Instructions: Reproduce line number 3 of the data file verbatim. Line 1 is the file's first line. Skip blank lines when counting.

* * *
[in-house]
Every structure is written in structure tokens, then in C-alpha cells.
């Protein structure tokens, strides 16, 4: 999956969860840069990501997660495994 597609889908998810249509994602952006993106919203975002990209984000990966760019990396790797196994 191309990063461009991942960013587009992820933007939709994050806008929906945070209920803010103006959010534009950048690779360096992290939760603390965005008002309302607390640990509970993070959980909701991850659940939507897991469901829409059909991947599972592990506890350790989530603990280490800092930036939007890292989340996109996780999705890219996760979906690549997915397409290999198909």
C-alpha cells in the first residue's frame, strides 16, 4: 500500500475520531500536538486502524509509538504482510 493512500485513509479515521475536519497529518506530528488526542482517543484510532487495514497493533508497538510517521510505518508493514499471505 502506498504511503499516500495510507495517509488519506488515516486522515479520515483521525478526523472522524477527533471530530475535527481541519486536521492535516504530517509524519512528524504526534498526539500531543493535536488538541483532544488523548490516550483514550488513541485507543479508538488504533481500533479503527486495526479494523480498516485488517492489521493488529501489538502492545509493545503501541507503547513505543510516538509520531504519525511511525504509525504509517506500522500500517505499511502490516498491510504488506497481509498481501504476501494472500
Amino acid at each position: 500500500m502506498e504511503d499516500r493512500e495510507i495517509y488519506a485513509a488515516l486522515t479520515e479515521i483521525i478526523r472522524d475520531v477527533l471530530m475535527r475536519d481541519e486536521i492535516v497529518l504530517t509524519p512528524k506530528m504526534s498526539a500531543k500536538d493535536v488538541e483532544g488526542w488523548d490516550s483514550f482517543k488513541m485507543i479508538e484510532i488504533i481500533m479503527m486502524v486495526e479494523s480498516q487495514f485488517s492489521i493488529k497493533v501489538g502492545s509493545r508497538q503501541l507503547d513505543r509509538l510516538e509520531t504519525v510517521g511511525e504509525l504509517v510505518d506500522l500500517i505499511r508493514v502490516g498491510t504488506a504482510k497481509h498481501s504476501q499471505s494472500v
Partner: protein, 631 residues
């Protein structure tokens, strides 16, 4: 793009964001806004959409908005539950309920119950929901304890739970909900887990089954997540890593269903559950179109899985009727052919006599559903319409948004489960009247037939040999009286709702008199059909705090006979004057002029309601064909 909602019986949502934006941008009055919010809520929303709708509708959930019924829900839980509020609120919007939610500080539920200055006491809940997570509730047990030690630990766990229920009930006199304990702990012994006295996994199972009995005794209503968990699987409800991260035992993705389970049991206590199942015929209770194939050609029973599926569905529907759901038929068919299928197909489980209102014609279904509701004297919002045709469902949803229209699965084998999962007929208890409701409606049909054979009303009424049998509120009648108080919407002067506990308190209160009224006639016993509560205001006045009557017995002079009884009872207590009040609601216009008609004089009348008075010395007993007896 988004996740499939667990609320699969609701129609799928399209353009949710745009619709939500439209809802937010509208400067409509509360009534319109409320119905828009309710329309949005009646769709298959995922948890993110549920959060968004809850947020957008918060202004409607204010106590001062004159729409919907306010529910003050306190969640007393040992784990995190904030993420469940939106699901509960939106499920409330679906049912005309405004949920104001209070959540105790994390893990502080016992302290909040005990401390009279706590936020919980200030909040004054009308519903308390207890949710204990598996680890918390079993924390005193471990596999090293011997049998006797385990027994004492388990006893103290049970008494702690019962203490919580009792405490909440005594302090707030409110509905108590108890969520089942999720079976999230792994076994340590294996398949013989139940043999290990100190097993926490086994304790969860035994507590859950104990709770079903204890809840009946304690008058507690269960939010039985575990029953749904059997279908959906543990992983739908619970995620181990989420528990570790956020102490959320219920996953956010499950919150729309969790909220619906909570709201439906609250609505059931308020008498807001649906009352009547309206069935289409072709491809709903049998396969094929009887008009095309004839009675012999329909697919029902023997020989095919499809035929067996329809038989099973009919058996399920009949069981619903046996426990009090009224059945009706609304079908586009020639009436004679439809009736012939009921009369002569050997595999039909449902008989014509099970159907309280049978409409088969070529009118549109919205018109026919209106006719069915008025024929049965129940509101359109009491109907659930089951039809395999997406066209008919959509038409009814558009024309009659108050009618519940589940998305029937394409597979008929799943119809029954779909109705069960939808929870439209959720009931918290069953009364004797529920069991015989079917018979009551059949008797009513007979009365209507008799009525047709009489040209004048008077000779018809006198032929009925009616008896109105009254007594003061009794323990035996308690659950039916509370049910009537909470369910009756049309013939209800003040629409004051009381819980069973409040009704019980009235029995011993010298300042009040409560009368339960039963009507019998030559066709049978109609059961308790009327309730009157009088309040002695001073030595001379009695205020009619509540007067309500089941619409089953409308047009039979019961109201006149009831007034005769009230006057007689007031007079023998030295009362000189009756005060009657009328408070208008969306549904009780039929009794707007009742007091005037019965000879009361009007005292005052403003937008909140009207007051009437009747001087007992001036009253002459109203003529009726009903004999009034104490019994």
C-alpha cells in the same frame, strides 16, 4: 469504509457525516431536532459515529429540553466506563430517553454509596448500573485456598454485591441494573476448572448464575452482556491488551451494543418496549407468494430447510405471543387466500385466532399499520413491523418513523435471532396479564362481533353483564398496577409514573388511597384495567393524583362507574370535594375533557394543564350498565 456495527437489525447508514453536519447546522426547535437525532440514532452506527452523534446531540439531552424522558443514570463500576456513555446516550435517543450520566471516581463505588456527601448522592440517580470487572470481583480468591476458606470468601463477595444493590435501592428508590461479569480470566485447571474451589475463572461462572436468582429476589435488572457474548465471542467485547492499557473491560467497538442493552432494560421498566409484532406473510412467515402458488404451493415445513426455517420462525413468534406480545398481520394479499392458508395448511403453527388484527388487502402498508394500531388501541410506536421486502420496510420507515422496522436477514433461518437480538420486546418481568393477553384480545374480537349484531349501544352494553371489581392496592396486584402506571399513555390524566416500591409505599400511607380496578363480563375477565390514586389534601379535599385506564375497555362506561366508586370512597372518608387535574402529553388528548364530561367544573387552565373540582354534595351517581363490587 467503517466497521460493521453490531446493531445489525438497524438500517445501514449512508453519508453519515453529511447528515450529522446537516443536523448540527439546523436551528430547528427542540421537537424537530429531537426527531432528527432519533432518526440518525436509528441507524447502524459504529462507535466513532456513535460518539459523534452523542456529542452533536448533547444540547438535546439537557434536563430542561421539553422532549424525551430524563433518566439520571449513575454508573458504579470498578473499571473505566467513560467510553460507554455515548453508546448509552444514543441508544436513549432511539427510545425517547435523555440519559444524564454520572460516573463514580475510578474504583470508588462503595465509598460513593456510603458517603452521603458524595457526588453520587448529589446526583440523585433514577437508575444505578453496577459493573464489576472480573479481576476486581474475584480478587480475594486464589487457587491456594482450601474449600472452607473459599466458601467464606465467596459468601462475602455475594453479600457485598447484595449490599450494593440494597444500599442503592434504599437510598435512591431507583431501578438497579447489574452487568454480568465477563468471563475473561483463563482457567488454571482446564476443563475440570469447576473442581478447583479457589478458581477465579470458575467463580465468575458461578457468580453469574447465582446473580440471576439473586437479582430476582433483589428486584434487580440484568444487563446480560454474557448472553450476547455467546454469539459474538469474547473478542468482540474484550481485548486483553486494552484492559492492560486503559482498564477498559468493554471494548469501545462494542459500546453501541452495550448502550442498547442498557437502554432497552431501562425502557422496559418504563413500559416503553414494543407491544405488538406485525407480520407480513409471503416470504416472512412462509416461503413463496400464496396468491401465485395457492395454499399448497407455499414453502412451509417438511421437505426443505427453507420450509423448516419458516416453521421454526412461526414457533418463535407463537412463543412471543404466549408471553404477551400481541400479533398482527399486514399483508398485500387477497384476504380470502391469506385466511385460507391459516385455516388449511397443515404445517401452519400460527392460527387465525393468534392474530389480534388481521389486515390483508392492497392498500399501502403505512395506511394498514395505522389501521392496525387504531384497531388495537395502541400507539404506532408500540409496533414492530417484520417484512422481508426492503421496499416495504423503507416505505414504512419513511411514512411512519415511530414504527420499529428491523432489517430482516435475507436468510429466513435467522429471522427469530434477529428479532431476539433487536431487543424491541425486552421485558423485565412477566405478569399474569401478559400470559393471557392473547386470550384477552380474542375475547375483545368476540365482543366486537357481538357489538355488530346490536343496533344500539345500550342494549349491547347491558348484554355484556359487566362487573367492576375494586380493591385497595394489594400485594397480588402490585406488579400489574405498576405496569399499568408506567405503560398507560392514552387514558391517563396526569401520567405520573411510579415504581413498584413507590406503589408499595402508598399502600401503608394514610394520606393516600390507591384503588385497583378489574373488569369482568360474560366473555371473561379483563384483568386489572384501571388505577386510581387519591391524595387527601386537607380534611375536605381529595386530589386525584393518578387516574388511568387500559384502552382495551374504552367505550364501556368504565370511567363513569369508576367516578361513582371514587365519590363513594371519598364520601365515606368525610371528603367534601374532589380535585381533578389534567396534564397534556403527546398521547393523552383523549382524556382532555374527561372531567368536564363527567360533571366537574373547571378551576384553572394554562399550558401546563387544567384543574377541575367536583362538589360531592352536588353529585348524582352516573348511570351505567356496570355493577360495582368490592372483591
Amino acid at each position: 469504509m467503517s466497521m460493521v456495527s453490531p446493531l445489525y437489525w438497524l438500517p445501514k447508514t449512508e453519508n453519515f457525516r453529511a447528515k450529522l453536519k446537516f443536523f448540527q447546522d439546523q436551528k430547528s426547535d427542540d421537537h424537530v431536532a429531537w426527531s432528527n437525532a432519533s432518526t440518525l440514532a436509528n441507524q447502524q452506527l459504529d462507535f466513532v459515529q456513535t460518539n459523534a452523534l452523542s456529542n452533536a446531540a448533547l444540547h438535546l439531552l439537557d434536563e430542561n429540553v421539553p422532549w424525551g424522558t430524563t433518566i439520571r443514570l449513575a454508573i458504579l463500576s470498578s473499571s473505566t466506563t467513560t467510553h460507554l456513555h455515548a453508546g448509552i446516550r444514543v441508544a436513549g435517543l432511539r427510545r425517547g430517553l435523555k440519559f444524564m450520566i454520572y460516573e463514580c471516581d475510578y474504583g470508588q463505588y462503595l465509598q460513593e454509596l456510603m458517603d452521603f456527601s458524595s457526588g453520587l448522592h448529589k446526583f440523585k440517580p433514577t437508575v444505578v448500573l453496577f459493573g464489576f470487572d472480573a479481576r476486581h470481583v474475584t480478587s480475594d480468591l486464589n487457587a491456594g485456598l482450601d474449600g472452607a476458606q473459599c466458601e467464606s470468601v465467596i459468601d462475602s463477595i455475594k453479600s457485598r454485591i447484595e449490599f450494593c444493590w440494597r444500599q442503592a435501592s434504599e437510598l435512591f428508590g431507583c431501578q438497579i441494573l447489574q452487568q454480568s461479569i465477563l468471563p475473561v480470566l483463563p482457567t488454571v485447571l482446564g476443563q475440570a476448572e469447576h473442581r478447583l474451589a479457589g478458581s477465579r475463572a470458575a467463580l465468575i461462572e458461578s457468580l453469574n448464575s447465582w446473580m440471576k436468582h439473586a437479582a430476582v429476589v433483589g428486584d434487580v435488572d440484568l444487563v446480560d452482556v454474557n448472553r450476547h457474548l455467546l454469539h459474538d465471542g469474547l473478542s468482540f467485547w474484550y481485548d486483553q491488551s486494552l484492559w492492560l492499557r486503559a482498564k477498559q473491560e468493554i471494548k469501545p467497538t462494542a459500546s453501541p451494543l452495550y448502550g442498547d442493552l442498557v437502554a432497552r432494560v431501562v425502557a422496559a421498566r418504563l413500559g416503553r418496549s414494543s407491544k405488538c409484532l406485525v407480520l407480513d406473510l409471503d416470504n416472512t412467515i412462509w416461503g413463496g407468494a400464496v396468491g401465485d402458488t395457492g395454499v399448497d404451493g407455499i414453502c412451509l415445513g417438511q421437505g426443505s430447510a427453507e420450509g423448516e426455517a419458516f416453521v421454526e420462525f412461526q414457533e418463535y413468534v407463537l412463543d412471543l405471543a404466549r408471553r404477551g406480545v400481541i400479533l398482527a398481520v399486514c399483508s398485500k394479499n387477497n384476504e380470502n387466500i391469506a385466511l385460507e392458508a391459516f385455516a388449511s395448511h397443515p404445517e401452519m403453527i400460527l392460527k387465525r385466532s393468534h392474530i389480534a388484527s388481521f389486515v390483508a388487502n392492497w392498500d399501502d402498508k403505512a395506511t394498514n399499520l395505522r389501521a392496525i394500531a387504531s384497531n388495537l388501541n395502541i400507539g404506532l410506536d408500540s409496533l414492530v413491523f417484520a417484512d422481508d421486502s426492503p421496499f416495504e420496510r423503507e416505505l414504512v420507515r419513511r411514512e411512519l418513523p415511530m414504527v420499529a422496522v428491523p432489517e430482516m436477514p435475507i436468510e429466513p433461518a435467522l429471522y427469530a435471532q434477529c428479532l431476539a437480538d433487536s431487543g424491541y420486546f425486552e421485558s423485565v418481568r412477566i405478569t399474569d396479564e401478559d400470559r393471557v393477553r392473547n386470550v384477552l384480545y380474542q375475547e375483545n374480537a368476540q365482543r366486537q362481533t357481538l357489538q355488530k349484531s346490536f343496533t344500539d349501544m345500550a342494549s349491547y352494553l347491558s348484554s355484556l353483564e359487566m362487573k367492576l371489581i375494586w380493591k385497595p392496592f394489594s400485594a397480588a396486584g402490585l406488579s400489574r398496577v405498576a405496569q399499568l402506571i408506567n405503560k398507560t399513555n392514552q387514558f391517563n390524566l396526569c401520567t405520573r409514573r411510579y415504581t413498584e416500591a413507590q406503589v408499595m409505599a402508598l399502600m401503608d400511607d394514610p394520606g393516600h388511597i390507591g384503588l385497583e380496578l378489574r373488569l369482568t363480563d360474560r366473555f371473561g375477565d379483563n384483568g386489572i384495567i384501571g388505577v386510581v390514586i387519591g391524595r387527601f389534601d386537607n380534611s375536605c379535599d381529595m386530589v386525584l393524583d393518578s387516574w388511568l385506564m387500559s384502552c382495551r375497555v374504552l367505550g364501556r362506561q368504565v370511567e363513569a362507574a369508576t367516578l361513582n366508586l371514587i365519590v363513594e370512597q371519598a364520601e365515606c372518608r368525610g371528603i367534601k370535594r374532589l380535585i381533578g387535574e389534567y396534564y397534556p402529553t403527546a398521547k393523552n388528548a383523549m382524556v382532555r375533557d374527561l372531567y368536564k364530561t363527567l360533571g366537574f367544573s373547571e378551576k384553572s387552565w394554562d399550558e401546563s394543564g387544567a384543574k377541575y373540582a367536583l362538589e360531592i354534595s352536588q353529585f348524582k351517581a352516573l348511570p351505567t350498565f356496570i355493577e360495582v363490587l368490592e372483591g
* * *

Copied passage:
């Protein structure tokens, strides 16, 4: 999956969860840069990501997660495994 597609889908998810249509994602952006993106919203975002990209984000990966760019990396790797196994 191309990063461009991942960013587009992820933007939709994050806008929906945070209920803010103006959010534009950048690779360096992290939760603390965005008002309302607390640990509970993070959980909701991850659940939507897991469901829409059909991947599972592990506890350790989530603990280490800092930036939007890292989340996109996780999705890219996760979906690549997915397409290999198909």